I have a question about the irrationality of $e$:

In proving the irrationality of $e$, one can prove the irrationality of $e^{-1}$ by using the series $$e^x = 1+x+\frac{x^2}{2!} + \cdots + \frac{x^n}{n!}+ \cdots$$ So the series for $e^{-1}$ is $$s_n = \sum_{k=0}^{n} \frac{(-1)^{k}}{k!}$$ so that $$0 < e^{-1}-s_{2k-1} < \frac{1}{(2k)!}$$ or $$0 < (2k-1)!(e^{-1}-s_{2k-1}) < \frac{1}{2k} \leq \frac{1}{2}$$ If $e^{-1}$ were rational then we would have a difference of two integers which is not an integer (i.e. between $0$ and $\frac{1}{2}$).

Question: Is this "irrationality of $e^{-1}$ by alternating series" proof what motivated the definition of irrationality measure? It seems that this was born out of using alternating series.

Does the same method work for $\pi$ ?

YuiTo Cheng
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    I always thought the definition of irrationality measure was motivated from Liouville's theorem: http://en.wikipedia.org/wiki/Diophantine_approximation#Approximation_to_algebraic_numbers – Qiaochu Yuan Aug 03 '11 at 05:14
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    I think there is no connection. Incidentally, I prefer going through $e^{-1}$, as you did. Proofs I have seen of the irrationality of $e$ use the series for $e$ directly, which involves some additional work to produce the required estimate. – André Nicolas Aug 03 '11 at 05:30
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    As far as I know, the "series proof" for the irrationality of $e$ first appeared in the following 1815 book by Janot de Stainville (Article 232, pp. 339-341): http://books.google.com/books?id=5J0AAAAAMAAJ Stainville says he learned the proof from Poinsot and that the proof itself is due to Fourier. – Dave L. Renfro Aug 03 '11 at 14:16
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    J.H.Lambert (1728-1777) gave a proof (c.1766) that $\pi$ is irrational. In the early to mid19th century preceding the Hermite-Lindemann transcendence theorem there were limited results,e.g. : If $A,B,C$ are rational and $Ae^2+Be+C=0$ then $A=B=C=0$ (easy). If $r\in \mathbb{Q}$ and $r\ne 0$ then $e^r\notin \mathbb{Q}$ (not easy). – DanielWainfleet Nov 29 '15 at 05:33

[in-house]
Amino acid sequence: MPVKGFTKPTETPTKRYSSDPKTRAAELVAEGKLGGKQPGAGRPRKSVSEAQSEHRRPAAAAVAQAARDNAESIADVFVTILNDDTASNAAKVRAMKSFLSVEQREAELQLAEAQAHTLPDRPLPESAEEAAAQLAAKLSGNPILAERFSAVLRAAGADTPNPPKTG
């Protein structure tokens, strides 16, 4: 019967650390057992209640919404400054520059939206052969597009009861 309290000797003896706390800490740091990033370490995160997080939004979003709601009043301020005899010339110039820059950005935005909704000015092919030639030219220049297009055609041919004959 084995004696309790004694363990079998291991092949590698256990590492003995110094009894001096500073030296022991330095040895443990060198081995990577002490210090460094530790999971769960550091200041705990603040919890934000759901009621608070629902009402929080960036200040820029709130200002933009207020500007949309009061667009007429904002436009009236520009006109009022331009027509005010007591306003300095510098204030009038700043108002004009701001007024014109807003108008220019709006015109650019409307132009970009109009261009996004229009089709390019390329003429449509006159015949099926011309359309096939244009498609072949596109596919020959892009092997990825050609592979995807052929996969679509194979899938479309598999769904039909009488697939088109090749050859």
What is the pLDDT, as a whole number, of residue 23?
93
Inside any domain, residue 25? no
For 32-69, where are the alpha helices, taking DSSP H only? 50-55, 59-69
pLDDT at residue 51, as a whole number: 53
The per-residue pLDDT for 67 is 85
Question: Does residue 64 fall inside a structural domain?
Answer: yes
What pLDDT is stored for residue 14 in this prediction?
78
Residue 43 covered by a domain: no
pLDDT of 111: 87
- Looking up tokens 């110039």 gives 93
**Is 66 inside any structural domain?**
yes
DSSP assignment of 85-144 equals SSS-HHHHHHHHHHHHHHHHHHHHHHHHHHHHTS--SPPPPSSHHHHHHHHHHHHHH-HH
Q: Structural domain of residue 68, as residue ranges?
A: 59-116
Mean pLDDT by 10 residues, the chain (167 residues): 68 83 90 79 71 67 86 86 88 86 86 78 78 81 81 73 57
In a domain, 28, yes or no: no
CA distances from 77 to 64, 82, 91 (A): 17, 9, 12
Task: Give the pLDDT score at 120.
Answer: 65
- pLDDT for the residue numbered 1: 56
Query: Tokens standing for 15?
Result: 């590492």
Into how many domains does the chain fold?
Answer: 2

• But why $(2k-1)! e^{-1}$ should be integer? – openspace Sep 26 '16 at 17:22
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    @openspace Some steps are skipped. If $e^{-1} = p/q$ for some coprime $p,q \in \mathbb N$ then $k$ can be chosen so that $2k-1 > q$, hence $(2k-1)! e^{-1}$ is an integer. – A Blumenthal Feb 12 '17 at 16:25
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    It must be an integer in order to preclude a circular-reasoning proof. If you include it as a term of infinite floating point value you end up with a similar situation as with trying to prove there are no repeating sequences in pi. – SDsolar Jun 02 '17 at 18:23
  • Would it be correct to say that since a rational number is expressed as a fraction of two integers, then if $e^-1$ is irrational then its reciprocal $e$ must be as well? – Gil Keidar Mar 05 '18 at 16:38
  • @Gil Reciprocal of irrational number $x$ is always irrational. If it were rational, the $x$ would be rational as well. – Oldboy Apr 09 '18 at 14:23
  • There are many proofs about π irrationality in https://en.wikipedia.org/wiki/Proof_that_%CF%80_is_irrational – Paulo Buchsbaum May 02 '18 at 18:10
  • You may be interested in the book "Auxiliary Polynomials" recently written by David Masser. This example is the subject of chapter one, and in chapter 8 he talks about irrationality measures. It's very well written and easy to follow. (You do need to fell in the gaps sometimes with your own calculations though.) – JonHales Oct 04 '18 at 05:32

1 Answers1


The motivation for the definition of irrationality measure came from results in diophantine approximation. E.g., Dirichlet's Theorem states that for every real irrational $x$ there are infinitely many integer pairs $p,q$ with $|x-(p/q)|<q^{-2}$. If $x$ is a real quadratic irrational, then there's a positive constant $C$ such that for every integer pair $p,q$ we have $|x-(p/q)|>Cq^{-2}$. Liouville's Theorem was mentioned in the first comment. These can all be stated in terms of irrationality measure, and form an obvious motivation for that concept.

Gerry Myerson
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